As we explore more of Blood & Plunder, it was inevitable that we would expand to bigger boats. My Austin opponent went there first by printing out a frigate model from Printable Scenery. Unfortunately, the print warped severely and was not very usable without a ton of work. He moved on to easier options but offered up the pieces to see what I could do with them.
I laid everything out to get a sense of what I was dealing with. Just about every piece was warped on it edges so first up was to shave down the edges and square things up.
These close ups show some of the extent of warping I needed to correct. The challenge would be that shaving some parts down to square them will bring other parts out of alignment and then it is a race to the bottom correcting and over correcting.
After about 6 hours of sanding, scraping, cutting, and planing, I got things about as good as I was going to get. It doesn’t actually look that much better in the photo but the main gaps are gone and what is left is cosmetic. I’ll fill the cosmetic gaps with green stuff.
Super glue and green stuff bonded everything together and I proceeded by putting together each section first. Each section usually needed to join three pieces together and three fixed sides.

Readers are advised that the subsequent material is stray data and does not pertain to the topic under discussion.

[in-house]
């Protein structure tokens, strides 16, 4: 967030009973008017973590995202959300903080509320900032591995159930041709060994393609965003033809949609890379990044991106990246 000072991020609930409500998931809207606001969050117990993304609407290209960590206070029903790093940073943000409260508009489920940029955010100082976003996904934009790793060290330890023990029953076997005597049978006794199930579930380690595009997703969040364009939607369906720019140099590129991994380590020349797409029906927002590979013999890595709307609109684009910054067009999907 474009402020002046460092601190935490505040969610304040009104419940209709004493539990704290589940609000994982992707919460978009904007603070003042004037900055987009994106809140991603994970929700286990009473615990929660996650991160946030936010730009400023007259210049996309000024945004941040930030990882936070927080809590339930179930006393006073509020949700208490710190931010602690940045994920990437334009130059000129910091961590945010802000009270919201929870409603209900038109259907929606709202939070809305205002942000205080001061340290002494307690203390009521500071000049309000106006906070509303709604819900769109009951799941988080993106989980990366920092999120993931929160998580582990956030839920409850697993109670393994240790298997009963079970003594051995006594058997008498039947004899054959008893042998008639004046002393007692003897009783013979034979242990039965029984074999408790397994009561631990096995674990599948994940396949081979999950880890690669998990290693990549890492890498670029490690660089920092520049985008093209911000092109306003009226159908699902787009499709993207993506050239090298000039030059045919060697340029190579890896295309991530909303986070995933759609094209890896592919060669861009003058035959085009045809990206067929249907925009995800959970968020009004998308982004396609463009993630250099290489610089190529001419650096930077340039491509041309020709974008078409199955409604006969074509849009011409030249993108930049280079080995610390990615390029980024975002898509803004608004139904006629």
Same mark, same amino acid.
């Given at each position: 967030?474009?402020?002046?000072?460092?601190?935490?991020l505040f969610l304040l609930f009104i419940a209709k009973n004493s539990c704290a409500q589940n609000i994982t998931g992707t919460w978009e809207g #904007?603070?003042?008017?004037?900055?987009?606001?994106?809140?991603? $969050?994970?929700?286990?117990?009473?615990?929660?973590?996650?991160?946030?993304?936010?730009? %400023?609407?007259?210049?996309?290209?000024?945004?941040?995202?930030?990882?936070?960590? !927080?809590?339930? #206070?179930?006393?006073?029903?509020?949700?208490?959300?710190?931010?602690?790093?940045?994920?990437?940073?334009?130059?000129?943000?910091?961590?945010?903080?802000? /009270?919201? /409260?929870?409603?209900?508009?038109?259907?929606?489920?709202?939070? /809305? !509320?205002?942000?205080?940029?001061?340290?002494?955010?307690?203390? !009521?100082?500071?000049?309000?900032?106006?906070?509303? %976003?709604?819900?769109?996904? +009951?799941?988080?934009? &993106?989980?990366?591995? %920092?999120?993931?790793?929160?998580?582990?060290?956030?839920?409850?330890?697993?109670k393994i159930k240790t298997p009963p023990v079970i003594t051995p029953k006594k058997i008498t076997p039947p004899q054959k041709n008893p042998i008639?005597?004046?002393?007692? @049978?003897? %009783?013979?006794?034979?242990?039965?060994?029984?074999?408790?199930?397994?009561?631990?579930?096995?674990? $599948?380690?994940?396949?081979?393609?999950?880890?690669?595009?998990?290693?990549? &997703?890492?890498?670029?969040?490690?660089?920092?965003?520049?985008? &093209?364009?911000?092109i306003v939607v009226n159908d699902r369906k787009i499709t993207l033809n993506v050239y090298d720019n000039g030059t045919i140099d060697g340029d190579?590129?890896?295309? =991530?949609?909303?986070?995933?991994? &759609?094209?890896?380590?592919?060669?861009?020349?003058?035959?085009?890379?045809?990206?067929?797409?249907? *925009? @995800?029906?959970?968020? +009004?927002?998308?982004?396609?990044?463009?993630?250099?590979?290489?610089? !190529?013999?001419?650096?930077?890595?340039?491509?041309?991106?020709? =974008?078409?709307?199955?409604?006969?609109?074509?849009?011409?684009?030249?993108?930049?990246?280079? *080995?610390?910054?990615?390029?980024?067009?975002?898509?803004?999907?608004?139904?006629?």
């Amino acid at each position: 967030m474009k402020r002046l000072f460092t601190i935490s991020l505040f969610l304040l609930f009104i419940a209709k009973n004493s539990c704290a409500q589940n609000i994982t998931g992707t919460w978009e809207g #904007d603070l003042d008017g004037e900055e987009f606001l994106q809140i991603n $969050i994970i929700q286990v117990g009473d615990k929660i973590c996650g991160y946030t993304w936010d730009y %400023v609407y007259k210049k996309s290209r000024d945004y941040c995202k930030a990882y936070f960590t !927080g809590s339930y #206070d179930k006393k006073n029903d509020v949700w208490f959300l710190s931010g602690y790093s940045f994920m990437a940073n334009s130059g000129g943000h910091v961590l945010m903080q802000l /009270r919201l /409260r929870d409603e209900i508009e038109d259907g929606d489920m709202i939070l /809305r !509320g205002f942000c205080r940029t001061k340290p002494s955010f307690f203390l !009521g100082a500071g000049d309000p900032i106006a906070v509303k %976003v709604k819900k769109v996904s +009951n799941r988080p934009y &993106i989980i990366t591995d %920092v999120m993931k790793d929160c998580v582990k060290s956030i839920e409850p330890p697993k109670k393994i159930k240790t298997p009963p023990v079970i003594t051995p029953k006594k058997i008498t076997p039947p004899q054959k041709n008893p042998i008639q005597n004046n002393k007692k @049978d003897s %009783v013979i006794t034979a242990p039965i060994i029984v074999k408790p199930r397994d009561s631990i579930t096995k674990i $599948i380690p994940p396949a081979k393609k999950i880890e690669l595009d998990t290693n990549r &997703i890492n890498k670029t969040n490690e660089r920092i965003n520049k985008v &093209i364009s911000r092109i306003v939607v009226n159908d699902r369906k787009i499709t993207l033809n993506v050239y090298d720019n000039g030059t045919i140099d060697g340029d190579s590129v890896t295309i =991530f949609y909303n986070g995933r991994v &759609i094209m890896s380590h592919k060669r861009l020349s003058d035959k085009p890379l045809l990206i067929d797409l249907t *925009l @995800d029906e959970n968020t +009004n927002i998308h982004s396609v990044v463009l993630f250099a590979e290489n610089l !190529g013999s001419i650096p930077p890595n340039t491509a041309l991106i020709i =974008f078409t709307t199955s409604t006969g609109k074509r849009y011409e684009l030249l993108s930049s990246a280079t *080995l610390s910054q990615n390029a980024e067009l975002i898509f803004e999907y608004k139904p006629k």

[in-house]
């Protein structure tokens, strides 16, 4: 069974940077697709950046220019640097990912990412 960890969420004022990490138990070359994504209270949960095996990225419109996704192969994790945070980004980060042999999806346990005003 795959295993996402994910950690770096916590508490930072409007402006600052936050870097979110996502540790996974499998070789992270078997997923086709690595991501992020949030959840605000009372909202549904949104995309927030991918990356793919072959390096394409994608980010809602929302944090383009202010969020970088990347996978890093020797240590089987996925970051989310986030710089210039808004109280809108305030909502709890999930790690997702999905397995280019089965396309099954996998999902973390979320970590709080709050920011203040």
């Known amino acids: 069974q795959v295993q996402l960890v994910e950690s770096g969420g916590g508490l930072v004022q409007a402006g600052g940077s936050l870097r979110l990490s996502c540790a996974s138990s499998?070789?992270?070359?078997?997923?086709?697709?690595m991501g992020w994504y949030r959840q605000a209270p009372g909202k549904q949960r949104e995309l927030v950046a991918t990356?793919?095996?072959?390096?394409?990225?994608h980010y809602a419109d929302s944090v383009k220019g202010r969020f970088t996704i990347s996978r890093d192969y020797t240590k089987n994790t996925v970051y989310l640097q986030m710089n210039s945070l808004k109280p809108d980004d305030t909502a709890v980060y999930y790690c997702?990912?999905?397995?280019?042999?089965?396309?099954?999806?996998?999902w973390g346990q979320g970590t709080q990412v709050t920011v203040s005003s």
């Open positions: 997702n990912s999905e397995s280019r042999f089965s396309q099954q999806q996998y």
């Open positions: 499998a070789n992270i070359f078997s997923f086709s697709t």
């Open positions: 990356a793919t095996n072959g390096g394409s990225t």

Some pieces were a little tougher like the back of the ship. When the green stuff dried, would later help fix it up a little more.
With the sections complete, I put the whole ship together and cleaned up the gaps again. At this point, it was time to start painting.
First up was priming the whole ship black as that will also serve as the main color of the model as well.
Next up is taping and masking to get the accent color down. I hate painting yellow so airbrushing is the best option to me.
Removing the masking leaves the ship looking pretty good at this point. I want to get some of the last airbrushing out of the way. Using minimal masking and thin cardboard to block the over spray, this will help block in the decking.
Next up is over spray clean up and masking fails. That tedious work went pretty quick due to better than average luck in the blocking and masking. Moving on to the details, the ship starts to really emerge.
With the details complete, it was time to get the masts set up. I used oversized dowels and sanded them down to fit. I 3D printed the mast joints and got everything up and secured, eventually expanding up to 3 sails for the two main masts.
And then it was on to cutting sails from thin craft foam like my sloops, airbrushing some color on them and rigging everything with elastic string.
I clip off the string excess and the ship is complete. I was quite happy with it and surprised it came out as good as it did. You can still tell where the warped pieces joined when you get close but with such a large model, it cuts an impressive figure from the game table distance.